203 – Undividedness …

The Universe is us, as we are the Universe.

Of all the animals on Earth, we seem to be the only ones devoid of a sense of undividedness from the medium we call Nature and in which we are embedded; a medium that provides us with sources of sustenance yet also makes us sources of sustenance (food chain). But because we have evolved into the most dominant species on Earth, we have no significant predators other than viruses, and ourselves.

The innate capacity to perceive an undivided connection with Nature is obliterated as soon as we open our eyes and are shown the world and its contents as separate from us, opposite to us, conflicting with us, to be used and consumed by us.

The loss of a sense of oneness with Nature turns us into the deadly creatures who, now in such great numbers, are ravaging our environment, precipitating mass extinctions, taunting Nature, sowing our own demise.

Rilke put the significance of this loss within the lines of his insightful poetry: Who shows a child as he really is? Who place him among the stars and puts the measuring stick of separation into his hands? … Murderers are easy to understand. But this, though: death, all of death, even before life has begun, to hold it all so gently and without rancor, this is beyond description. *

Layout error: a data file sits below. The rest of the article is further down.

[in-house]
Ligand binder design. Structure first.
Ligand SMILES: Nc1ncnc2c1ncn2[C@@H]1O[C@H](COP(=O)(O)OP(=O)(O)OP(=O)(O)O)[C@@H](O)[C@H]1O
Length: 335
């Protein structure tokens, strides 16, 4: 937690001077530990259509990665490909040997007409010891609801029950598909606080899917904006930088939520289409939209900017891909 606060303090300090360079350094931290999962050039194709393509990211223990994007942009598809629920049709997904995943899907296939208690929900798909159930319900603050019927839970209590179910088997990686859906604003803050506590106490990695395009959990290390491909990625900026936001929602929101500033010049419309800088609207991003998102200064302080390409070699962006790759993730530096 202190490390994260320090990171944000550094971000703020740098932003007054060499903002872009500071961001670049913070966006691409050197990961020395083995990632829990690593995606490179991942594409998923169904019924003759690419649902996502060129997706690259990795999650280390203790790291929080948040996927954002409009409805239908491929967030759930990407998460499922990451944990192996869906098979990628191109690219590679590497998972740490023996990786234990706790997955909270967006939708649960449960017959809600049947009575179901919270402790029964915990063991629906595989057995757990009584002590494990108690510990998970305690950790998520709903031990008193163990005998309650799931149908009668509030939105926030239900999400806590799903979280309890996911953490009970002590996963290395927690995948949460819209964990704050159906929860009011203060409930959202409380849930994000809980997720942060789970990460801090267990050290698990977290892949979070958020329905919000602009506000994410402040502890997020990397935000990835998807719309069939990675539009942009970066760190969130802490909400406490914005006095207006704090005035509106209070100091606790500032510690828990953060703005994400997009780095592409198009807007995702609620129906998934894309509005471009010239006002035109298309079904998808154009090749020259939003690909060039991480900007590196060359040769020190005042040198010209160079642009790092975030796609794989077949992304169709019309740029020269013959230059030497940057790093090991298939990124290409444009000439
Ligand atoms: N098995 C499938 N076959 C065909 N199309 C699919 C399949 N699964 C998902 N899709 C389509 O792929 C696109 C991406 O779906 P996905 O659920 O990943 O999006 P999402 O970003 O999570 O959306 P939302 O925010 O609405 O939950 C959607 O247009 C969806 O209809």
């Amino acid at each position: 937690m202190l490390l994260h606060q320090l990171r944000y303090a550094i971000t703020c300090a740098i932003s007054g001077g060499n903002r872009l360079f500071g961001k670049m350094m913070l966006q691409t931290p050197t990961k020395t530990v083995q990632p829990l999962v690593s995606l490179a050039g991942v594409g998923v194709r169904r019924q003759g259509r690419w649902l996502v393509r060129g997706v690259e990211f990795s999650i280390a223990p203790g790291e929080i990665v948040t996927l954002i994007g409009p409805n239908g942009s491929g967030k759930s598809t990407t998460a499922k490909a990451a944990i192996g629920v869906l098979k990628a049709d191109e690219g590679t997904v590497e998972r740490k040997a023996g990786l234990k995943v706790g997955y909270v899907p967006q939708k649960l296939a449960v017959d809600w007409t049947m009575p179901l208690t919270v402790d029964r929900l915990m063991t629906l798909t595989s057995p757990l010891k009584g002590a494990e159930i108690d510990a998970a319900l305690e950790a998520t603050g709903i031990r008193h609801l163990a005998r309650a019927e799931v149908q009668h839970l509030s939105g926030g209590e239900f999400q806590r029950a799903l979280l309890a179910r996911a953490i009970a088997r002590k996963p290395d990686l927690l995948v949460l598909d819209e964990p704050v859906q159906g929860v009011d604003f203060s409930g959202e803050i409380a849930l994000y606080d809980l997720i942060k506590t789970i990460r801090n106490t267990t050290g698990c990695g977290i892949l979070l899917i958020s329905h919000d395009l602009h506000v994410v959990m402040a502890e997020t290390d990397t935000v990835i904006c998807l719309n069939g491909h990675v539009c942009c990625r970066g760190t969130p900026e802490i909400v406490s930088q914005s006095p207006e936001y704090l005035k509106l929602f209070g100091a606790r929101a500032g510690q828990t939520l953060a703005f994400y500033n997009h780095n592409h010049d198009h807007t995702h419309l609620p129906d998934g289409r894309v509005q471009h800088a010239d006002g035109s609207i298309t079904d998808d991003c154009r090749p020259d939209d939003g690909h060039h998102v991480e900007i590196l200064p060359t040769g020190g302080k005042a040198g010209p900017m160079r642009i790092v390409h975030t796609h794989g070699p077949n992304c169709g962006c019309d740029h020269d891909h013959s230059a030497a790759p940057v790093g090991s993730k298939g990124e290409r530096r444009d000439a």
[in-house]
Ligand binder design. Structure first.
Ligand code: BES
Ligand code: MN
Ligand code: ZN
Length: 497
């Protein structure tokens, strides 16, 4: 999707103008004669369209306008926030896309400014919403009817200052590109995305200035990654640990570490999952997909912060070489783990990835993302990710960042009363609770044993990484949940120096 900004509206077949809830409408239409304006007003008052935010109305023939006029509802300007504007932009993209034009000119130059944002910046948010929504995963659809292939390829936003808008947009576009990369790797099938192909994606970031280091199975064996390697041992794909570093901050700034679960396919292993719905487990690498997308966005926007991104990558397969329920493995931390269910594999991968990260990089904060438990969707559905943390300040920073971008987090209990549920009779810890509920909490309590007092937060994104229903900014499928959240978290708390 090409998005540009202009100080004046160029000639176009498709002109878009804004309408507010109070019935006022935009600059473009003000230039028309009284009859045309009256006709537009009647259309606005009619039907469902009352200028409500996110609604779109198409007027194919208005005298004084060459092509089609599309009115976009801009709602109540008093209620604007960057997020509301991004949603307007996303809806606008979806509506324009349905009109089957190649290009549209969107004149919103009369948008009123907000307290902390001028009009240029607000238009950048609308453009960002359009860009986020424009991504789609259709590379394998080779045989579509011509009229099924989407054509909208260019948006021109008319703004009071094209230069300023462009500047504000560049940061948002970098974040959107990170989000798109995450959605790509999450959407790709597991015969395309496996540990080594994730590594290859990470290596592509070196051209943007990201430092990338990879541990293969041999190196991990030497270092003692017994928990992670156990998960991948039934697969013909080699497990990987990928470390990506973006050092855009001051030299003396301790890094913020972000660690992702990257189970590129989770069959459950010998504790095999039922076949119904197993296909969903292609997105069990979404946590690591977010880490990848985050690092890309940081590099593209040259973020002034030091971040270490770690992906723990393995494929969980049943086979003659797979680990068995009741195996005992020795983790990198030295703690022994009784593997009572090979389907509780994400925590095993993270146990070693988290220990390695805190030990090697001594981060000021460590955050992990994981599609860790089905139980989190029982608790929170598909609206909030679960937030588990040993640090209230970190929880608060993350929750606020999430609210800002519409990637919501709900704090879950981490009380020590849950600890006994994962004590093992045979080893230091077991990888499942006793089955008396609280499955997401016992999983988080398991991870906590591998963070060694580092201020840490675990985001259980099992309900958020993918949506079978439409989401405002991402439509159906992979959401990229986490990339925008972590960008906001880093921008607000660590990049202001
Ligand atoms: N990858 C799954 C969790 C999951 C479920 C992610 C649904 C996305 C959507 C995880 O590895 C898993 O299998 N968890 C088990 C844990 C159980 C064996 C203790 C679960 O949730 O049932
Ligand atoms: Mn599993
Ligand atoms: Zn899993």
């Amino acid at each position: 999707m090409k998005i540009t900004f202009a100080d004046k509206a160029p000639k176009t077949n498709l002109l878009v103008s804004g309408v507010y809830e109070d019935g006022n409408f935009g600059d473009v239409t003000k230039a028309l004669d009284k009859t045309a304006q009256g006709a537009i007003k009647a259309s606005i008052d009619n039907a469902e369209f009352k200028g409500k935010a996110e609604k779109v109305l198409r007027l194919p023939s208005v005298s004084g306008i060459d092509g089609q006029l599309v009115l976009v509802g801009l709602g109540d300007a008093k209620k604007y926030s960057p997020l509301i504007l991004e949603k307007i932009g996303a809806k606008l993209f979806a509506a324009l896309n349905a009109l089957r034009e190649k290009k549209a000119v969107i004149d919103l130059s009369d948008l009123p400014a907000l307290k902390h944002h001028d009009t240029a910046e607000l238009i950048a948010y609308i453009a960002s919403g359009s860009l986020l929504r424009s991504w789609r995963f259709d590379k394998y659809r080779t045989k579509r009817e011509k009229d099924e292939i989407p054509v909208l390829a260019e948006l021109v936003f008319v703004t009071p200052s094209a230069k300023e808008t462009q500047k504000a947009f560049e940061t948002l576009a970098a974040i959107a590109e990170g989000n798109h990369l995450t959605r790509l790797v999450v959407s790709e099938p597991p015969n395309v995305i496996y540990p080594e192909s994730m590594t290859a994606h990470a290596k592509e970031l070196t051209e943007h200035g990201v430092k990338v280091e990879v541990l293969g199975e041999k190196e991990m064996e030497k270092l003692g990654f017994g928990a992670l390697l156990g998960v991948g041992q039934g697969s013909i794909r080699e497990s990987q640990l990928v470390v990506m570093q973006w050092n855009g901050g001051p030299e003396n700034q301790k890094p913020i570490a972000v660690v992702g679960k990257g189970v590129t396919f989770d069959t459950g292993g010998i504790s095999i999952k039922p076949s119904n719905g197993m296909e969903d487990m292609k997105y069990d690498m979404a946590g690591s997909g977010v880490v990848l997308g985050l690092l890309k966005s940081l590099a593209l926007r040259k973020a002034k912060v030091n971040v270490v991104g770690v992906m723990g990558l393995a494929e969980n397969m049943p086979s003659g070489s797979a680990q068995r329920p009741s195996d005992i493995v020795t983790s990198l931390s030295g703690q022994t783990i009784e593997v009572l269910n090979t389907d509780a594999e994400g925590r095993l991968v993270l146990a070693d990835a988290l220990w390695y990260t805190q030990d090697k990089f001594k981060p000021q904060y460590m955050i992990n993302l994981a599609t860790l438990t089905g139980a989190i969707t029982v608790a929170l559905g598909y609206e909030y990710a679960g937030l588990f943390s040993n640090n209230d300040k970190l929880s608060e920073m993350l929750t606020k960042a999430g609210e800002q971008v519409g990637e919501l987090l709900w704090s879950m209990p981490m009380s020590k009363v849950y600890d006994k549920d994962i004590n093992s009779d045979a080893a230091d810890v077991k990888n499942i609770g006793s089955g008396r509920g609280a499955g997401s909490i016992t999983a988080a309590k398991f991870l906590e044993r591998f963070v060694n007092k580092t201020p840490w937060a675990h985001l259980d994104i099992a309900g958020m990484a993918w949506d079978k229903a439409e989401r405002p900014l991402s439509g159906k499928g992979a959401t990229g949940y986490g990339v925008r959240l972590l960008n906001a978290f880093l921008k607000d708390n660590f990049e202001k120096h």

Our sense of separation from Nature was reaffirmed by Rene Descartes in the seventeenth century. And his erroneous claim that the mind is a separate entity from the body has since dominated our perception of the world.

This error should have been corrected in the first half of the Twentieth Century with the introduction of Niels Bohr’s Complementarity. The premise of the theory is that properties like mind and body, particle and wave, light and dark may be perceived as mutually exclusive but are nonetheless complements of the same manifestation. But due to the reticence of the physical sciences to apply the findings of their theories to our bodies, the concept of complementarity in Nature has not been generally assimilated by the human mind. And thus, Descartes’ misconception continues to dominate our perception of the world, perpetuating the mistaken sense of separation that inhibits our undividedness from Nature.

But our sense of undividedness, although inhibited in most of us, is not dead; it is dormant and can be re-awakened. And for those of us who can perceive it, it haunts us with the beauty of its possibilities and the damaging impact of its inhibition. It is so that we rebel against a culture dominated by a mistake a man made centuries ago; a culture that even though is beginning the feel the pangs of its treatment of Nature, persists on dividing the indivisible.

Ah! To know, to see, to sense that the Universe is us as we are the Universe, is the pinnacle of perception.

*Rainier Maria Rilke – excerpts from his Fourth Elegy

 

Revised April 2021   

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One Response to “203 – Undividedness …”

  1. KIRK says:

    I read the note again. As you described it, this is a heavy burden to reflect on honestly.
    However I do know a few people that see the undivided nature of this universe. They sense a beauty in it all. They choose to see that beauty rather than dwell on the separation.
    I myself am not there yet but I understand their view and note its benefit to them.

    Please continue your efforts too.

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